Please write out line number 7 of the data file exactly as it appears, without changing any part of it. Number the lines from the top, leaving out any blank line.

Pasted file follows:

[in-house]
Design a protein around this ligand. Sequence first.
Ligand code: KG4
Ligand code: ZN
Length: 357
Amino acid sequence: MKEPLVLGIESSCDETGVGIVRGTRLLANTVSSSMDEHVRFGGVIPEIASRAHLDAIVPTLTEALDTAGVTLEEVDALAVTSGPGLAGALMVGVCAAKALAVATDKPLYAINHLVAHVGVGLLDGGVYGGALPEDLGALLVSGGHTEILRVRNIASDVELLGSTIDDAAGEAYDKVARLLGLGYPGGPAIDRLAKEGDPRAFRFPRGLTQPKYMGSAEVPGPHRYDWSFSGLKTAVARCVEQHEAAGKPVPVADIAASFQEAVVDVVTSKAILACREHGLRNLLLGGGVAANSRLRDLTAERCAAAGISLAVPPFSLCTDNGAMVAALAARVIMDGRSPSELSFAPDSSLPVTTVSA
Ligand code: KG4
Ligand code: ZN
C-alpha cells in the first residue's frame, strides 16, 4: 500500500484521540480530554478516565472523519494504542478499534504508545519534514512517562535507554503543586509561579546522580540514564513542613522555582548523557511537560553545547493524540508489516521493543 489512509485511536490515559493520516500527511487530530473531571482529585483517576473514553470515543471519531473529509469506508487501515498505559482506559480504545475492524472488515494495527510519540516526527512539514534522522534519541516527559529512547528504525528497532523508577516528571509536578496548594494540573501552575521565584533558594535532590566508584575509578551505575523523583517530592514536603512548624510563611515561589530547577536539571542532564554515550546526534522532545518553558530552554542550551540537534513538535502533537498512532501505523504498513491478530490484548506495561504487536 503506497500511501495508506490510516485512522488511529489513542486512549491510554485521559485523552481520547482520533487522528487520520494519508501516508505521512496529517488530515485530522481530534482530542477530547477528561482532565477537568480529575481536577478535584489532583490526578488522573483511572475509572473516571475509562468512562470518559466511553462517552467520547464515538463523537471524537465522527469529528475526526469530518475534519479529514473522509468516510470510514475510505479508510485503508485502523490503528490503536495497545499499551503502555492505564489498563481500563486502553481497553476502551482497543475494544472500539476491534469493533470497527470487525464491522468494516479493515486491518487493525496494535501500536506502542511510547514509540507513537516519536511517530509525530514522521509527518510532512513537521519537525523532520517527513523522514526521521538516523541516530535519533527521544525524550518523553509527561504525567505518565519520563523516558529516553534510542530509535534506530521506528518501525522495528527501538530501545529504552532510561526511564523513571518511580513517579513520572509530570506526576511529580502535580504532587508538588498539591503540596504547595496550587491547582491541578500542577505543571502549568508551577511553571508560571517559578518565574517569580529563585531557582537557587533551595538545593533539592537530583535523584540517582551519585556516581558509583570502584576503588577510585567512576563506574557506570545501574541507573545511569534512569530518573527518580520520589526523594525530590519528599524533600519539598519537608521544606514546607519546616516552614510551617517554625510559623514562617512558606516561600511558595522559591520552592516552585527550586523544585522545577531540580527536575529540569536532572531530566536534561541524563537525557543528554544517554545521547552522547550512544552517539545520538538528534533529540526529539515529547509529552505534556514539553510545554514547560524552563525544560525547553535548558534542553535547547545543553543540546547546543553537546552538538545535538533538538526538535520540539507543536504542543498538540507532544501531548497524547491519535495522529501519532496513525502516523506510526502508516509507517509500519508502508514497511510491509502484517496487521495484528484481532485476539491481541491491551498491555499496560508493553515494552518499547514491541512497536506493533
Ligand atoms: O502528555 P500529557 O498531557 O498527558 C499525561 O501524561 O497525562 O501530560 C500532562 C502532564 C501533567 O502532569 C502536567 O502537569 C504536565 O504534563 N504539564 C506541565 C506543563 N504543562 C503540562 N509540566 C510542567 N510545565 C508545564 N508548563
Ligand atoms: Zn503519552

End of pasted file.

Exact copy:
Ligand code: KG4